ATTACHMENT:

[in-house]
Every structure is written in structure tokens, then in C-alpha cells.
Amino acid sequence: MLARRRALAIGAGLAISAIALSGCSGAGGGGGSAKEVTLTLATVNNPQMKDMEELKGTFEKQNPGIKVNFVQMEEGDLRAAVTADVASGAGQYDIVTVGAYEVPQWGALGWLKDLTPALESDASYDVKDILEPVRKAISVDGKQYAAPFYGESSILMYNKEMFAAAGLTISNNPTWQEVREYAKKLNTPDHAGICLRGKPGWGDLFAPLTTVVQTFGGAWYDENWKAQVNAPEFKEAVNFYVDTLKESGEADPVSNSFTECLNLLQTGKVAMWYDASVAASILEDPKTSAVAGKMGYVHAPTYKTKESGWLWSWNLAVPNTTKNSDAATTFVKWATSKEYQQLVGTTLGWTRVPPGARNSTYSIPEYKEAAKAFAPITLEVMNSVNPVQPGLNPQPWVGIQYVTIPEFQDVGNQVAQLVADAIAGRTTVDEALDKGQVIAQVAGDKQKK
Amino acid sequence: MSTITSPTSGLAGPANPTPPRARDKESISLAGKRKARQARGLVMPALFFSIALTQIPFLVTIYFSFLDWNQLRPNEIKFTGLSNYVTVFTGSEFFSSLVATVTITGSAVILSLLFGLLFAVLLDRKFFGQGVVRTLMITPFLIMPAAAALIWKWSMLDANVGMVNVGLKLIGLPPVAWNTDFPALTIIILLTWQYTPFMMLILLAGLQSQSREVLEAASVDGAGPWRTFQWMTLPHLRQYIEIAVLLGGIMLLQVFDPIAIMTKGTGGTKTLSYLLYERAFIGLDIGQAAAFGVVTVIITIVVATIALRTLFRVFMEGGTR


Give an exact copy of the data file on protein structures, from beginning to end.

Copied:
[in-house]
Every structure is written in structure tokens, then in C-alpha cells.
Amino acid sequence: MLARRRALAIGAGLAISAIALSGCSGAGGGGGSAKEVTLTLATVNNPQMKDMEELKGTFEKQNPGIKVNFVQMEEGDLRAAVTADVASGAGQYDIVTVGAYEVPQWGALGWLKDLTPALESDASYDVKDILEPVRKAISVDGKQYAAPFYGESSILMYNKEMFAAAGLTISNNPTWQEVREYAKKLNTPDHAGICLRGKPGWGDLFAPLTTVVQTFGGAWYDENWKAQVNAPEFKEAVNFYVDTLKESGEADPVSNSFTECLNLLQTGKVAMWYDASVAASILEDPKTSAVAGKMGYVHAPTYKTKESGWLWSWNLAVPNTTKNSDAATTFVKWATSKEYQQLVGTTLGWTRVPPGARNSTYSIPEYKEAAKAFAPITLEVMNSVNPVQPGLNPQPWVGIQYVTIPEFQDVGNQVAQLVADAIAGRTTVDEALDKGQVIAQVAGDKQKK
Amino acid sequence: MSTITSPTSGLAGPANPTPPRARDKESISLAGKRKARQARGLVMPALFFSIALTQIPFLVTIYFSFLDWNQLRPNEIKFTGLSNYVTVFTGSEFFSSLVATVTITGSAVILSLLFGLLFAVLLDRKFFGQGVVRTLMITPFLIMPAAAALIWKWSMLDANVGMVNVGLKLIGLPPVAWNTDFPALTIIILLTWQYTPFMMLILLAGLQSQSREVLEAASVDGAGPWRTFQWMTLPHLRQYIEIAVLLGGIMLLQVFDPIAIMTKGTGGTKTLSYLLYERAFIGLDIGQAAAFGVVTVIITIVVATIALRTLFRVFMEGGTR